Al-Adel is known to readers of The Christian Science Monitor as the place where correspondent Jill Carroll was kidnapped by Al Qaeda operatives on Jan. 7, 2006, and spirited to six different hideouts while being held captive for 82 days. Her translator, Alan Enwiyah, was shot dead; their driver escaped.
That incident took place just blocks from the home of Hassan, who says he witnessed Ms. Carroll’s abduction from a distance and heard the lethal gunshots.
Back then, she was meant to interview Adnan al-Dulaimi, a Sunni politician widely seen as orchestrating, with his sons, the Sunni militant presence and ethnic cleansing of Shiites in Al-Adel a decade ago. He and his associates were also widely considered the architects of Carroll’s kidnapping.
Yet today Al-Adel is a different place, trying to restore its blend of Sunni and Shiite residents. The house of the late Mr. Dulaimi is now abandoned and unkempt, with broken windows and painted warnings not to touch it. The anti-aircraft gun he had placed in the middle of the street to menace residents is now gone.
Laith reckons that by 2007, at least 95 percent of Shiites had been pushed out of Al-Adel – “maybe 99 percent.” Since 2008, when executive orders required handing back property that had been illegally occupied, Al-Adel began to change and now has a population that is perhaps 50 percent Shiites returnees, and a further 10 percent Shiite newcomers. Sunnis make up the remaining 40 percent.
There are small signs of reconciliation between individual Shiite and Sunni families, against the backdrop of the sectarian and social cleavages that still define Iraq and its politics overall.
Recently, for example, Laith’s Sunni neighbors brought his family meat, in recognition that the Shiite family was commemorating a religious event that day. Laith has also given food parcels to the Sunni family during important celebrations like a graduation.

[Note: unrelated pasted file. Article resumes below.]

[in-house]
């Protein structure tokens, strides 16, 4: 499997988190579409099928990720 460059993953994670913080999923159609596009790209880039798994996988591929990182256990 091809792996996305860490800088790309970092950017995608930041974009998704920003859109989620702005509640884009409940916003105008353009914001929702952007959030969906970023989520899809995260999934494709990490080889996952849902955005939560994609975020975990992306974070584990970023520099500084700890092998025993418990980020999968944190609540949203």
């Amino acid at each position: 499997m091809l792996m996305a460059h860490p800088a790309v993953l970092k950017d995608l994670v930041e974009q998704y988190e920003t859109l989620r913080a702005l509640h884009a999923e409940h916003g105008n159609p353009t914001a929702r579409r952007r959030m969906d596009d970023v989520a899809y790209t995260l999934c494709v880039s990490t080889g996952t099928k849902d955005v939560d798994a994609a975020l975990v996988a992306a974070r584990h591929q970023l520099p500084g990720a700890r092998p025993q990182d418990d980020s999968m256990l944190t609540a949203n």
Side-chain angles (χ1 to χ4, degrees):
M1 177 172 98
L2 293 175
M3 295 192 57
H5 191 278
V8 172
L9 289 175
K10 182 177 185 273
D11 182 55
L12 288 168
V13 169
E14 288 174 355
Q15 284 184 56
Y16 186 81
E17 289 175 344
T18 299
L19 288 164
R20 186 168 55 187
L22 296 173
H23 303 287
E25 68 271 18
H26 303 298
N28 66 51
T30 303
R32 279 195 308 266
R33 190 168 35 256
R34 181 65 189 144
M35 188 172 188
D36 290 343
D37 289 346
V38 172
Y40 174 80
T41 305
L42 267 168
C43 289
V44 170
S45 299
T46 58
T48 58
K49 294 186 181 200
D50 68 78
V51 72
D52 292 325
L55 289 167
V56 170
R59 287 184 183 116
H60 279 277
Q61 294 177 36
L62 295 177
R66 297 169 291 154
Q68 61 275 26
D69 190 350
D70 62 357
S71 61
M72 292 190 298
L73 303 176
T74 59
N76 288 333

Risks to help neighbors
Despite the dangers a decade ago, Al-Adel was also a place with a history of sectarian mixing. That meant instances of some Sunni families providing secret support and sanctuary for Shiite neighbors, despite grave risks.
“We were always mixed, and the level of people is good, with teachers and educated people,” says Musab, an IT specialist whose Sunni family has lived in Al-Adel since the early 1990s. Militants ruling the neighborhood from 2005 made life excruciating, he says, but sometimes friendship for longtime Shiite neighbors trumped fear.
“Originally people in Al-Adel refused this [sectarian clash], and told Shiites, ‘Don’t move, stay here and defend yourselves,’” says Musab. But the situation became a “hot time” for Shiites, “you see more arms in the streets, more insurgents,” so that most felt they had no choice but to leave.
“Some Shiites stayed, but we helped them, brought them food, they are hiding with us, because they are our friends, they are members of our family,” says Musab. “They have loyalty for their neighborhood and said they would die here and not leave.”
To conserve that mutual sense of home, Musab describes how his family helped a number of Shiites stay in Al-Adel. Because most of the Sunni militants patrolling the neighborhood were outsiders, it was not too difficult to clothe Shiite neighbors in more traditional Sunni garb like white dish-dashas, long robes, he says, to disguise them if they had to go out.